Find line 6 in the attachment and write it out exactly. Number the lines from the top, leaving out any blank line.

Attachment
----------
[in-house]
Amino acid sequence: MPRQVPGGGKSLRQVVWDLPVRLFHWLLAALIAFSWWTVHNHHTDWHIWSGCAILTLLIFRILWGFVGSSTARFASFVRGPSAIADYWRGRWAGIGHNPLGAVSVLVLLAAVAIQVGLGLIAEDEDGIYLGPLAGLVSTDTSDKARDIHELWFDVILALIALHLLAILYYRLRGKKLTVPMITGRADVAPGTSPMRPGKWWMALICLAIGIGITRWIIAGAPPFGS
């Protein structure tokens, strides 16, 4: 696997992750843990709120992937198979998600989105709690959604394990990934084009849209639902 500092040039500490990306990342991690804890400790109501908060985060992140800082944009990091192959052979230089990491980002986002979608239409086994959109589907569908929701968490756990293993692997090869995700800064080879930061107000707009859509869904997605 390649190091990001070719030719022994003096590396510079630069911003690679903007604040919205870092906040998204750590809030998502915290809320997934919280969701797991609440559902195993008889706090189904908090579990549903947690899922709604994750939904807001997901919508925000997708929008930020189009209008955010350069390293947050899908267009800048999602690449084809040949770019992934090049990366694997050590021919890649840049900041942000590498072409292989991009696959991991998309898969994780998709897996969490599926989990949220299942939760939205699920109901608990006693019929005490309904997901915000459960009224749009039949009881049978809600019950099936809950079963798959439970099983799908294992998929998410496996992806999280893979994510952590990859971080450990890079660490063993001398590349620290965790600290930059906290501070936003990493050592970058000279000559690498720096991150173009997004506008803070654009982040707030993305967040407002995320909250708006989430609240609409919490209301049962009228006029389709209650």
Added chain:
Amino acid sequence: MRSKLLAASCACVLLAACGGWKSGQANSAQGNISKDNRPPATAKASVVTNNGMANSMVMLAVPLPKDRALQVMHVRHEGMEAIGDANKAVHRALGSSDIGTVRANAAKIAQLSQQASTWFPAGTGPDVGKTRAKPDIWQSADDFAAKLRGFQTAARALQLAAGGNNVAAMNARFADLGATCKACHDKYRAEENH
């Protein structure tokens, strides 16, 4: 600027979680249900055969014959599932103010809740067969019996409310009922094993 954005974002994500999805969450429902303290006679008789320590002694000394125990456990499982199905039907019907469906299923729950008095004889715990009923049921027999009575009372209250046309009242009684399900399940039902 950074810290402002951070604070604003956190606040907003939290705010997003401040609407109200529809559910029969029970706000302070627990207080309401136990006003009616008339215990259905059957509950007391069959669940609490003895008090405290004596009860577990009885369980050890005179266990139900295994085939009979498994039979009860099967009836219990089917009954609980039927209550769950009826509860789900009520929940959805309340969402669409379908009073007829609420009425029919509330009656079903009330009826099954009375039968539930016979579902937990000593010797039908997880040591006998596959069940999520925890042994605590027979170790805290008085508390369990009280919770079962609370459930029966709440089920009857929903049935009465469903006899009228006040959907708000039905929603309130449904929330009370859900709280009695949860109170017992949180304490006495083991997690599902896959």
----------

């Protein structure tokens, strides 16, 4: 600027979680249900055969014959599932103010809740067969019996409310009922094993 954005974002994500999805969450429902303290006679008789320590002694000394125990456990499982199905039907019907469906299923729950008095004889715990009923049921027999009575009372209250046309009242009684399900399940039902 950074810290402002951070604070604003956190606040907003939290705010997003401040609407109200529809559910029969029970706000302070627990207080309401136990006003009616008339215990259905059957509950007391069959669940609490003895008090405290004596009860577990009885369980050890005179266990139900295994085939009979498994039979009860099967009836219990089917009954609980039927209550769950009826509860789900009520929940959805309340969402669409379908009073007829609420009425029919509330009656079903009330009826099954009375039968539930016979579902937990000593010797039908997880040591006998596959069940999520925890042994605590027979170790805290008085508390369990009280919770079962609370459930029966709440089920009857929903049935009465469903006899009228006040959907708000039905929603309130449904929330009370859900709280009695949860109170017992949180304490006495083991997690599902896959």